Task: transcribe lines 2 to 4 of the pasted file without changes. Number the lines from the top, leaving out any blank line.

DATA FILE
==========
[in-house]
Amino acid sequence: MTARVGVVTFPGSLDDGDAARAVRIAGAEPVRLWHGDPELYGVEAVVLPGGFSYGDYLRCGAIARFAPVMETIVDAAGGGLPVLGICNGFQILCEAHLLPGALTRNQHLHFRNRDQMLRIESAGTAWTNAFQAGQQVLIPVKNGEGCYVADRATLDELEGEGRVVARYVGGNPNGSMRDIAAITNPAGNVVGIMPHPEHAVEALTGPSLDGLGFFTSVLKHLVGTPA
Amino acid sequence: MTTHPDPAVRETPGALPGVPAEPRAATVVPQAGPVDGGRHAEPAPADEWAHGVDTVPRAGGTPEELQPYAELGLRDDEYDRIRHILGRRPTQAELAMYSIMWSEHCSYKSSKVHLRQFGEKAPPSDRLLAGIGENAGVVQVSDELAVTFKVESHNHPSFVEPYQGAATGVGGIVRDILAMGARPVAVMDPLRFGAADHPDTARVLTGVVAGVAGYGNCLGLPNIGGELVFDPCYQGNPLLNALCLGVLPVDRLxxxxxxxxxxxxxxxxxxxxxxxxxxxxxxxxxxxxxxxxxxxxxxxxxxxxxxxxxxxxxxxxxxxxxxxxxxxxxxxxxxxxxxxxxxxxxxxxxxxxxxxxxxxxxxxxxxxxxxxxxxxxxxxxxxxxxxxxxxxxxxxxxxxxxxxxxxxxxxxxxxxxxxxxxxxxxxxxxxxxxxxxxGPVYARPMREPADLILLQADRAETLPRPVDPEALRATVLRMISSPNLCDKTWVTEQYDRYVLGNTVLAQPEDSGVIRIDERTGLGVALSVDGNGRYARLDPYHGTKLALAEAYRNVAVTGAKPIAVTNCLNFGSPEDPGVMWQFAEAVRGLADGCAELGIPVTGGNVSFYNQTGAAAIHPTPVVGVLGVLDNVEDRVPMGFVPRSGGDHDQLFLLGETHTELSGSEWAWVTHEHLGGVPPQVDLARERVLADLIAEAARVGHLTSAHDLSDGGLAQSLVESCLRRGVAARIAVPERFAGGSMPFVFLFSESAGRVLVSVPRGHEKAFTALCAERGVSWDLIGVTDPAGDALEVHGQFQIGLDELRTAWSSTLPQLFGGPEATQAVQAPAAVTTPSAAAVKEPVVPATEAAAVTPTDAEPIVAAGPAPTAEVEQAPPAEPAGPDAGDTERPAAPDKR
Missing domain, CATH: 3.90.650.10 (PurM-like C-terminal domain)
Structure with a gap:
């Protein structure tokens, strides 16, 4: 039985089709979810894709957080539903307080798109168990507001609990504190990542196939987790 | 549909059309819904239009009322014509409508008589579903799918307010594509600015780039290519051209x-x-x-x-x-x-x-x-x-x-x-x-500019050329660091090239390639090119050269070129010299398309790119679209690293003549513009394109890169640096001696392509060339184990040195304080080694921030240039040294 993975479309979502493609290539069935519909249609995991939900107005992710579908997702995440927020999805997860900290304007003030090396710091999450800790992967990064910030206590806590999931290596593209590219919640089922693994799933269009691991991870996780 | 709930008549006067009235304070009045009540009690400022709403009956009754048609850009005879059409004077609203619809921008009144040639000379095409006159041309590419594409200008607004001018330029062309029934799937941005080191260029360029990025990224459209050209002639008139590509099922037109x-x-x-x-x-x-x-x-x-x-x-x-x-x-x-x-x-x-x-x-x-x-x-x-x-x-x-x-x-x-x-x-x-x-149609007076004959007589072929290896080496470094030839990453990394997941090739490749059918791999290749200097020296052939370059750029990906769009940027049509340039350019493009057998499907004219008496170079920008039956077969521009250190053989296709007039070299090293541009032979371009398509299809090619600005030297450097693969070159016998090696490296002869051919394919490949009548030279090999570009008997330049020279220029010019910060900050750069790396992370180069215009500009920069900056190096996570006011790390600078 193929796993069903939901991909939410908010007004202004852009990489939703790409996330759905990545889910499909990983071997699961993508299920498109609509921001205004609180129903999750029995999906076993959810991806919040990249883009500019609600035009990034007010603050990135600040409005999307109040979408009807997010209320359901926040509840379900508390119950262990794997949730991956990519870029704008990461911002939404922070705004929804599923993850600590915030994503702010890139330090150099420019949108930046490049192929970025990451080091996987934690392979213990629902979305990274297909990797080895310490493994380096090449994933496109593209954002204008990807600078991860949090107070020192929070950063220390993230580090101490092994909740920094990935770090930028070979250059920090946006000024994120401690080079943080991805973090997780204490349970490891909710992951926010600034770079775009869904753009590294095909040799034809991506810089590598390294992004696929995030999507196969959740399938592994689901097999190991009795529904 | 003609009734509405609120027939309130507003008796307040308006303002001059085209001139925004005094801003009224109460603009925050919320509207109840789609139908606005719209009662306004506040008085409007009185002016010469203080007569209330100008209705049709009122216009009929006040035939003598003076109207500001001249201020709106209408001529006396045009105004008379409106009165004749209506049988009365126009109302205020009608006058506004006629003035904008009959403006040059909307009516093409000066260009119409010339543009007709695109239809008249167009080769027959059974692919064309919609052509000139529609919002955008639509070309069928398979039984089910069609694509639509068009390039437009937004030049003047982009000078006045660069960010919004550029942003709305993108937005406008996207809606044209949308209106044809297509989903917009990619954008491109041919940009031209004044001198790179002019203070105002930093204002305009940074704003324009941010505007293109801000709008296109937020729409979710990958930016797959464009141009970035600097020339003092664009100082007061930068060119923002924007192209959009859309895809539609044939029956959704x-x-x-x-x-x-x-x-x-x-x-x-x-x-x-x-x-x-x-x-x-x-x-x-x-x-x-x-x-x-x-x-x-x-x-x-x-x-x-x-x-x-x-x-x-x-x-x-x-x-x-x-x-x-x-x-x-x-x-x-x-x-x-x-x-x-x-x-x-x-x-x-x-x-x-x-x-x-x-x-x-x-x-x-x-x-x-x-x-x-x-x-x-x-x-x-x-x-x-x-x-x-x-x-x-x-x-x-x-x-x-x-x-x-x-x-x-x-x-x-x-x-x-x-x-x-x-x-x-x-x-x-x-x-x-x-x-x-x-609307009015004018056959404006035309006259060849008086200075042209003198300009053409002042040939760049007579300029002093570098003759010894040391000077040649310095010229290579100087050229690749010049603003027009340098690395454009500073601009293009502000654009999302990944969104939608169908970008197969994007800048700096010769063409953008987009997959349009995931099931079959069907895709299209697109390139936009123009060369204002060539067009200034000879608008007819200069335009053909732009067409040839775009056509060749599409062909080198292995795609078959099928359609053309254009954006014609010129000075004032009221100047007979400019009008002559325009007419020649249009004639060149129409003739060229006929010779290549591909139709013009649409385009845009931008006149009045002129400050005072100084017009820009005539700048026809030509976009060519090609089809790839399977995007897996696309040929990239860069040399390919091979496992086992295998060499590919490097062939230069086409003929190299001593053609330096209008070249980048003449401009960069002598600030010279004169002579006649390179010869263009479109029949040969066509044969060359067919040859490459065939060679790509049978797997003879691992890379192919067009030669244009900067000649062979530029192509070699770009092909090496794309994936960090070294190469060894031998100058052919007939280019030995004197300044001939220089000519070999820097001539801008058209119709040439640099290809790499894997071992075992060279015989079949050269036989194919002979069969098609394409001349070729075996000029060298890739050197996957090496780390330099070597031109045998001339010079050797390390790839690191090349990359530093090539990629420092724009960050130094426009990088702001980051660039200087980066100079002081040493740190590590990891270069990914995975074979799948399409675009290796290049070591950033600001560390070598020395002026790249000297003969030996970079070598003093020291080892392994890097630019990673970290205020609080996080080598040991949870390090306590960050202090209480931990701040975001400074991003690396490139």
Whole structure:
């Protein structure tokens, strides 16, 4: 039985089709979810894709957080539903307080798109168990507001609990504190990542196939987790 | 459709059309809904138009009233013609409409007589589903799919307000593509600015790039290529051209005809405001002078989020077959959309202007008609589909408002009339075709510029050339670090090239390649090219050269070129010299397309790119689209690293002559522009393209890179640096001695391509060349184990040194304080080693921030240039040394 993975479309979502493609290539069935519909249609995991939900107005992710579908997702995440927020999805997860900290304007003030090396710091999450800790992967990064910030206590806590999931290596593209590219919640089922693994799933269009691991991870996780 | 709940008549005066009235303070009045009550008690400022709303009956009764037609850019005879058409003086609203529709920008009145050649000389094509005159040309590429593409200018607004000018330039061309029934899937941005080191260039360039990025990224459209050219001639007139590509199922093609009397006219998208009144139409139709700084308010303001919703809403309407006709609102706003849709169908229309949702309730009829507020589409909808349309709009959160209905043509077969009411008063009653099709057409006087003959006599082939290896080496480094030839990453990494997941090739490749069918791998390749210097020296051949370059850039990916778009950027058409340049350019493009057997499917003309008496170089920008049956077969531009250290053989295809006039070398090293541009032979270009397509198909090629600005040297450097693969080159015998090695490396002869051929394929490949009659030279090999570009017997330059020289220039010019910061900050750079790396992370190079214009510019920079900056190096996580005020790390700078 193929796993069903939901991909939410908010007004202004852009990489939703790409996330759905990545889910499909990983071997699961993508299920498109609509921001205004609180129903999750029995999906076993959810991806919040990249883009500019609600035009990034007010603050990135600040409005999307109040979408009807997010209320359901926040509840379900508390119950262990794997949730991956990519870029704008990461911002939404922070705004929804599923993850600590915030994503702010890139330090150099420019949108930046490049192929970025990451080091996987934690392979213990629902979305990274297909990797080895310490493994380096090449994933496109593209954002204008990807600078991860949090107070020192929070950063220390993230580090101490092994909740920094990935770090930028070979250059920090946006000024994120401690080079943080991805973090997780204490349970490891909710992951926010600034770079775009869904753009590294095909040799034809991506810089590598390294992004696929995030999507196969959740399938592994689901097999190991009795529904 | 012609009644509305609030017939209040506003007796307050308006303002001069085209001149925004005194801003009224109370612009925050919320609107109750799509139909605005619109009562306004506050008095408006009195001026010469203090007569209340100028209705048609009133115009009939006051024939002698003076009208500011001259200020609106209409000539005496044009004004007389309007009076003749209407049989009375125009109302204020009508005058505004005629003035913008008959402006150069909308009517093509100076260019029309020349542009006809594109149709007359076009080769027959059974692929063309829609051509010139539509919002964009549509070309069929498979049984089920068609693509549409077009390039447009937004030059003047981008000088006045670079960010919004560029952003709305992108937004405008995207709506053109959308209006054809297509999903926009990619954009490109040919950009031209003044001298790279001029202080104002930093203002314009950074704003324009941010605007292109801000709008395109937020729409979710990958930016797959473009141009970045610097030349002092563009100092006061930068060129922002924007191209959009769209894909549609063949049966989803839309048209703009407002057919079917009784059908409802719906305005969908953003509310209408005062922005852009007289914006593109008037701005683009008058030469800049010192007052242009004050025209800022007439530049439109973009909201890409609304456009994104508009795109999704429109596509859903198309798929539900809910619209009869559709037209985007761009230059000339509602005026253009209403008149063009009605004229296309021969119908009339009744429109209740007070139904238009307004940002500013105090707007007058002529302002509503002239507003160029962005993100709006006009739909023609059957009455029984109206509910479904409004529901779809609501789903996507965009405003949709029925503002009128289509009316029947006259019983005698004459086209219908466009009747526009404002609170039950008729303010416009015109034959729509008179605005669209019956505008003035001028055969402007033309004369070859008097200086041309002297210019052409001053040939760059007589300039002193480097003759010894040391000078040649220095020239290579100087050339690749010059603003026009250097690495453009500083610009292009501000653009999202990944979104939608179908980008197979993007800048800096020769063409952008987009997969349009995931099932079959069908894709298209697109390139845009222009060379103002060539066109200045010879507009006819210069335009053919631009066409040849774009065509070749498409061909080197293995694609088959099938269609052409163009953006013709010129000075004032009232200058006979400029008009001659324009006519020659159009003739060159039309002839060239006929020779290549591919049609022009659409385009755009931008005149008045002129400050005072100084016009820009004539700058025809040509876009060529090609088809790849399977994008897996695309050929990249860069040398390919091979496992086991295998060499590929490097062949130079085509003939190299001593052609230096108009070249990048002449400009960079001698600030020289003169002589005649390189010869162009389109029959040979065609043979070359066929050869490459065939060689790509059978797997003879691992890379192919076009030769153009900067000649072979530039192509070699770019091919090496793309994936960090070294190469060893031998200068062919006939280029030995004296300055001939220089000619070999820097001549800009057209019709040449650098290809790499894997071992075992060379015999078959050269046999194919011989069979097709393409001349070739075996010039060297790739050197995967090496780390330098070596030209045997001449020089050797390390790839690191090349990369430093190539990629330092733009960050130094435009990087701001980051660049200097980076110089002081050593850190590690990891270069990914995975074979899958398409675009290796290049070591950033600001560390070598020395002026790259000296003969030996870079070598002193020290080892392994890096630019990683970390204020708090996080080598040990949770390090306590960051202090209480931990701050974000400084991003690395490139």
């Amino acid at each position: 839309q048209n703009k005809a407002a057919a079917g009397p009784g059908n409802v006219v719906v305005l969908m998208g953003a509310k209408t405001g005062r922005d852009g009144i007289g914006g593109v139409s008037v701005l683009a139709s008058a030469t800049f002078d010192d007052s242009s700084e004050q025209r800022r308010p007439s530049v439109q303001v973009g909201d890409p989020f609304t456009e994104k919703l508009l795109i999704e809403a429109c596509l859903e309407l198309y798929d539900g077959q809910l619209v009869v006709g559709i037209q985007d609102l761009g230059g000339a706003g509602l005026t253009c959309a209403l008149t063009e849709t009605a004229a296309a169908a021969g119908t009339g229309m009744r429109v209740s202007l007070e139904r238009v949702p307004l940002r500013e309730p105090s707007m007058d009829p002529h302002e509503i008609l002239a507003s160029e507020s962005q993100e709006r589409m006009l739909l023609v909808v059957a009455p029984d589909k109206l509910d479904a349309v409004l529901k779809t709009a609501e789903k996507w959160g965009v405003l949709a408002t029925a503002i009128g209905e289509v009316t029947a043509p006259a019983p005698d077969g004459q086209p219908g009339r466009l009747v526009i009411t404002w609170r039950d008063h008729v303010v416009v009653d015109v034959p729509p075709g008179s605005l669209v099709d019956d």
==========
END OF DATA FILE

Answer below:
Amino acid sequence: MTARVGVVTFPGSLDDGDAARAVRIAGAEPVRLWHGDPELYGVEAVVLPGGFSYGDYLRCGAIARFAPVMETIVDAAGGGLPVLGICNGFQILCEAHLLPGALTRNQHLHFRNRDQMLRIESAGTAWTNAFQAGQQVLIPVKNGEGCYVADRATLDELEGEGRVVARYVGGNPNGSMRDIAAITNPAGNVVGIMPHPEHAVEALTGPSLDGLGFFTSVLKHLVGTPA
Amino acid sequence: MTTHPDPAVRETPGALPGVPAEPRAATVVPQAGPVDGGRHAEPAPADEWAHGVDTVPRAGGTPEELQPYAELGLRDDEYDRIRHILGRRPTQAELAMYSIMWSEHCSYKSSKVHLRQFGEKAPPSDRLLAGIGENAGVVQVSDELAVTFKVESHNHPSFVEPYQGAATGVGGIVRDILAMGARPVAVMDPLRFGAADHPDTARVLTGVVAGVAGYGNCLGLPNIGGELVFDPCYQGNPLLNALCLGVLPVDRLxxxxxxxxxxxxxxxxxxxxxxxxxxxxxxxxxxxxxxxxxxxxxxxxxxxxxxxxxxxxxxxxxxxxxxxxxxxxxxxxxxxxxxxxxxxxxxxxxxxxxxxxxxxxxxxxxxxxxxxxxxxxxxxxxxxxxxxxxxxxxxxxxxxxxxxxxxxxxxxxxxxxxxxxxxxxxxxxxxxxxxxxxGPVYARPMREPADLILLQADRAETLPRPVDPEALRATVLRMISSPNLCDKTWVTEQYDRYVLGNTVLAQPEDSGVIRIDERTGLGVALSVDGNGRYARLDPYHGTKLALAEAYRNVAVTGAKPIAVTNCLNFGSPEDPGVMWQFAEAVRGLADGCAELGIPVTGGNVSFYNQTGAAAIHPTPVVGVLGVLDNVEDRVPMGFVPRSGGDHDQLFLLGETHTELSGSEWAWVTHEHLGGVPPQVDLARERVLADLIAEAARVGHLTSAHDLSDGGLAQSLVESCLRRGVAARIAVPERFAGGSMPFVFLFSESAGRVLVSVPRGHEKAFTALCAERGVSWDLIGVTDPAGDALEVHGQFQIGLDELRTAWSSTLPQLFGGPEATQAVQAPAAVTTPSAAAVKEPVVPATEAAAVTPTDAEPIVAAGPAPTAEVEQAPPAEPAGPDAGDTERPAAPDKR
Missing domain, CATH: 3.90.650.10 (PurM-like C-terminal domain)